Japan’s third-quarter growth rate doubles in revision, outlook brightens

Japan's national flag is seen in front of a crane at a construction site at a business district in Tokyo
Japan’s national flag is seen in front of a crane at a construction site at a business district in Tokyo, Japan, January 5, 2017. Picture taken on January 5, 2017. REUTERS/Kim Kyung-Hoon

December 8, 2017

By Stanley White

TOKYO (Reuters) – Japan’s economic growth rate doubled in the third quarter thanks to big gains in capital expenditure, revised data showed on Friday, with expansion seen to continue thanks to buoyant exports.

The capital expenditure component of gross domestic product was revised to a rise of 1.1 percent from the previous quarter, well over the forecast 0.4 percent growth, and soaring above the preliminary 0.2 percent reading.

The economy grew an annualized 2.5 percent in July-September, more than the median estimate for 1.5 percent annualized growth and more than the preliminary reading of a 1.4 percent annualized expansion.

The figure translates into quarter-on-quarter growth of 0.6 percent, versus a preliminary reading of 0.3 percent growth and the median estimate for 0.4 percent growth.

The revised figures showed that Japan is in its longest uninterrupted period of growth since comparable data became available in 1994.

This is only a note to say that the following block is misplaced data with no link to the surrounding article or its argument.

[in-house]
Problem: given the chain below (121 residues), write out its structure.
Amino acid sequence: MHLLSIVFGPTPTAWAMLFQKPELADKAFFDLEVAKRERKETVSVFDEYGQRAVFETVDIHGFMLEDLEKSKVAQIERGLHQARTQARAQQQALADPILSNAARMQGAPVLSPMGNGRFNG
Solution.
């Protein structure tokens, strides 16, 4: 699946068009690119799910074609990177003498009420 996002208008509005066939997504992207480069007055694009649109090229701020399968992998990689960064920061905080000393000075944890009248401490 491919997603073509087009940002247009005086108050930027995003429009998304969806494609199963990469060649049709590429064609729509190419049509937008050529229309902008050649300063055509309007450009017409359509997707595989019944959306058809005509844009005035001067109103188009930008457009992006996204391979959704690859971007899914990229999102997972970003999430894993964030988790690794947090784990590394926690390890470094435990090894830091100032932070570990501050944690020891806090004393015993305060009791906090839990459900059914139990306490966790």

This a boon to the government as it is expected to agree later on Friday a spending package to subsidize education and encourage more corporate investment.

Steady economic expansion also offers hope to the Bank of Japan that inflationary pressure will build up next year and nudge consumer prices closer to its 2 percent inflation target.

Net exports contributed 0.5 percentage point in the third quarter, unchanged from the preliminary reading.

Private consumption fell 0.5 percent in July-September, also unchanged from the preliminary reading.

Japan’s economy has expanded for seven consecutive quarters, and many economists expect growth to continue as consumer spending gains strength and export growth is seen on track to continue.

(Reporting by Stanley White; Editing by Eric Meijer)

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